As I’ve buried myself more and more deeply into apartment hunting (a task that requires daily effort given how quickly places are getting snapped up), it has been interesting to collect data and try to figure out the trends that I’m seeing. Sure, I’ve only been at it for about two weeks as of writing this (which is hardly a conclusive amount of data), but most of this stuff has held true throughout, to the point where I’m already making decisions based on it and seeing those assumptions pay off. Not in a huge way, unfortunately, since I still haven’t found a place to live, but in ways that are validating of my process and that make my life a bit easier (since it largely amounts to having an easier time winnowing the chaff). Now, I can get a decent scan of new apartments and an evaluation of which to contact in about fifteen minutes, across my four main sites.
Now, I’d love to share my tricks but they would all involve pinpointing where I live to a degree that I’m not comfortable with AND they would put the methods I’ve developed on the internet in a way that would enable other people in my local housing market to use them against me (assuming they already aren’t and that’s not something I’m willing to assume given how obvious half these things feel). Most of them aren’t really interesting, either. Just the sort of things that come with using any website or style of service often enough. The real trick will be to see if I can use what I’ve learned so far and what I’ve started compiling from my list of responses to create an introductory message that allows me to skip the first whole set of back-and-forth emails meant to establish bonafides and the introductory “give me basic data” questions.
Honestly, what I’ve noticed the most as I’ve been digging away in the apartment mines is that all of the shitty, overpriced stuff stays up for weeks. All of the decent, lower-priced stuff is snapped up instantly. Anything with in-unit laundry, adequate bathrooms for multiple adults, or not-terrible floor plans disappears in a day or two. All the clearly over-priced new developments are still there, each with (depending on the website) little notes about when it was listed as for rent, what it cost the last time it was listed for rent, and how much (percentage wise) the rent changed between those times. Everything with massive rent increases (15% and up) or that has stayed stable at a price of over $1.5 per square foot (which is on the low end for a lot of this places and was an unthinkable price when I first moved to the area nine years ago) is just sitting unclaimed, each one listed as “available now” as the property owner desperately tries to rent out a shitty cookie-cutter apartment in a city full of new developments that somehow didn’t do anything to lower the cost of rent. Almost like they know the area is full of people who need apartments to rent, make decent wages (but not super high ones), and are trying to force people into ridiculously overpriced shlock.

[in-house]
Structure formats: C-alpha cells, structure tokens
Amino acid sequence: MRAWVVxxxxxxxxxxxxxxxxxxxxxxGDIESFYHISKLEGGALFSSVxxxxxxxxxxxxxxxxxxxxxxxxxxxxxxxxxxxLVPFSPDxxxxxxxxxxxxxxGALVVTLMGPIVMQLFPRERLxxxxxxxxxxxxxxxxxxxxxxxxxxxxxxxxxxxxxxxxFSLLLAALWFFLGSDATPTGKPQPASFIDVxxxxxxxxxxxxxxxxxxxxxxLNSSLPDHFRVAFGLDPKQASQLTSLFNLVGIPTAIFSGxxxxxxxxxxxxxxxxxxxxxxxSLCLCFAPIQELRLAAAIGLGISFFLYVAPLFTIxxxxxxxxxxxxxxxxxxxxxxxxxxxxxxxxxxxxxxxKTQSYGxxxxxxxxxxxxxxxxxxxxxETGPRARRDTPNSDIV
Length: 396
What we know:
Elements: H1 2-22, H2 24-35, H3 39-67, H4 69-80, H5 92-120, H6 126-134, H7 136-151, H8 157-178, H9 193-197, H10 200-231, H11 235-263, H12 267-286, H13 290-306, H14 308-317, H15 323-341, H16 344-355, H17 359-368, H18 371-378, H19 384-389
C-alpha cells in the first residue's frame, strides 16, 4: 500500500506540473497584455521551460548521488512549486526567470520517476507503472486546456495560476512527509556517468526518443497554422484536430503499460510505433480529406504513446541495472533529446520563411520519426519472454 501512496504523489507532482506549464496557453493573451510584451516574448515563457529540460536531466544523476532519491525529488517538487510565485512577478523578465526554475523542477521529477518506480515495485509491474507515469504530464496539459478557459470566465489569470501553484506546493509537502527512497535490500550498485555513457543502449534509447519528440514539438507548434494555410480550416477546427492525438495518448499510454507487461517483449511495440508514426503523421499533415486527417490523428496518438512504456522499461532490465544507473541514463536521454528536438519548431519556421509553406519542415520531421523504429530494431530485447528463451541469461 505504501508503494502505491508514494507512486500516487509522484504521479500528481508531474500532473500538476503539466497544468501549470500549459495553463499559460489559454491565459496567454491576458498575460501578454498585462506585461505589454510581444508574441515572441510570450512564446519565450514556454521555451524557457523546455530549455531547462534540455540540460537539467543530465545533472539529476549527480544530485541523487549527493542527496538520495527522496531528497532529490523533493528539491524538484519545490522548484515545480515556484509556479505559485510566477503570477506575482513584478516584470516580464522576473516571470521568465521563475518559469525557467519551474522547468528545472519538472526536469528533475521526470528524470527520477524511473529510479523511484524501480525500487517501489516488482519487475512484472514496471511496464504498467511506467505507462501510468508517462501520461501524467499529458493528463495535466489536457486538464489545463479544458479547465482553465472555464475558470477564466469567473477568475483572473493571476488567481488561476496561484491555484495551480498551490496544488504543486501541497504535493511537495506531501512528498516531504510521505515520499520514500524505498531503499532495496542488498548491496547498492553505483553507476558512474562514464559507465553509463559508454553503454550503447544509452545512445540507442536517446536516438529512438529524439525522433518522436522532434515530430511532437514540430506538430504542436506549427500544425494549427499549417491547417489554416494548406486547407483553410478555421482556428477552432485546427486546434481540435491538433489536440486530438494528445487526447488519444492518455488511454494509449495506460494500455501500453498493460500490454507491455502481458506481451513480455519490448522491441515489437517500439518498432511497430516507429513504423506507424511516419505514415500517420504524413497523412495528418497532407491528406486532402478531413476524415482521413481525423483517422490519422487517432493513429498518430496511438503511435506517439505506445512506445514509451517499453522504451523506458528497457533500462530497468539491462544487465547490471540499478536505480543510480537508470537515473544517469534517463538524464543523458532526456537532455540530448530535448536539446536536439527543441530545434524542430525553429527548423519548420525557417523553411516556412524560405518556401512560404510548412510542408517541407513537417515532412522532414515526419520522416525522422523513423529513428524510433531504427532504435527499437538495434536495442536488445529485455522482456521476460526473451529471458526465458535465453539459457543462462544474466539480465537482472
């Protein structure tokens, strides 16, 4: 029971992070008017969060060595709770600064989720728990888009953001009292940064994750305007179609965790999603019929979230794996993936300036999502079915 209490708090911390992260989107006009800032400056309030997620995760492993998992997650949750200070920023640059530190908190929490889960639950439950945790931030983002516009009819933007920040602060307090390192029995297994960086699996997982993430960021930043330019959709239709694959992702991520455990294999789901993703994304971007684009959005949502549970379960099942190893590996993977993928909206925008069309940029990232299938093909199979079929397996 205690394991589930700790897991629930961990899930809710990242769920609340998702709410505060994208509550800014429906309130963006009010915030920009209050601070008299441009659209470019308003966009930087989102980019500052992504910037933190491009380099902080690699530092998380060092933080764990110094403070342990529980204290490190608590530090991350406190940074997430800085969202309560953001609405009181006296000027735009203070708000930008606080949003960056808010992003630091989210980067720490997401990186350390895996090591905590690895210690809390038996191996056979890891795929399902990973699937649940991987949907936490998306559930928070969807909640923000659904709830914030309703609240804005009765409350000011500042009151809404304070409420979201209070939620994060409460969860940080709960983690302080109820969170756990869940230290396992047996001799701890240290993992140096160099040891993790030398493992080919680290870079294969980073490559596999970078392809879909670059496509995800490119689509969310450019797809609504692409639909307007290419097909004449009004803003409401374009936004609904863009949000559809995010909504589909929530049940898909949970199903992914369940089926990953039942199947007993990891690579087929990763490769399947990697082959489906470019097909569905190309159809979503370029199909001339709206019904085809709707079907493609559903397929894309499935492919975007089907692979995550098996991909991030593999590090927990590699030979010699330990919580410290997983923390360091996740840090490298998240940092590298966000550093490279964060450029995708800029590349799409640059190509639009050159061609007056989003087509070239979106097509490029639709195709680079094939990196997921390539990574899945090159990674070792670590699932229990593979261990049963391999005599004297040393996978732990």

There have been rumors lately that the overpricing of rent in my city is about to break, that the whole area is about to see a reduction rather than a rise because all of these new buildings have overpriced their rentals and can’t get people to fill them. I mean, I refuse to live in any of them, even with a roommate, because they lack any kind of personality and they each feel like they’d suck my soul out while I slept. So crisp, modern, and empty of anything but sterile “housing.” I’m sure there are people that appeals to, but I like a little clutter. I like filling space and odd quirks that change the shape of a room. I also like the quiet and being able to peacefully enjoy the place I live, so there’s definitely a line, but I need a place to feel like “mine” for me to be comfortable in it. If it just feels like I’m occupying a prcedurally generated space, I’ll never really feel at home.
Still, I’ll hopefully find a place soon. Maybe even with a roommate. Maybe, and this is far less likely, for a lower rent than I’m currently paying if I don’t wind up with a roommate. I’ve got some decent leads, I’ve put in the work, and I’ve got a system [oh, how hopeful I was a mere week ago]. All I need is to figure out what the hell I’m doing by the 30th so I can tell my landlord if I’ll need an extra day or two. Or an extra month, since I doubt they’d give me just a day. If I get charged for the whole month, though, I’m using it. Gonna take my sweet time moving out and just not hurry anything ever. I do like a month of overlap if I can’t get just the three to seven days I need. I’ve never had to leave my stuff in the truck overnight, so that would be a new experience and not once I’m entirely sure I’m up for. Feels anxiety-inducing.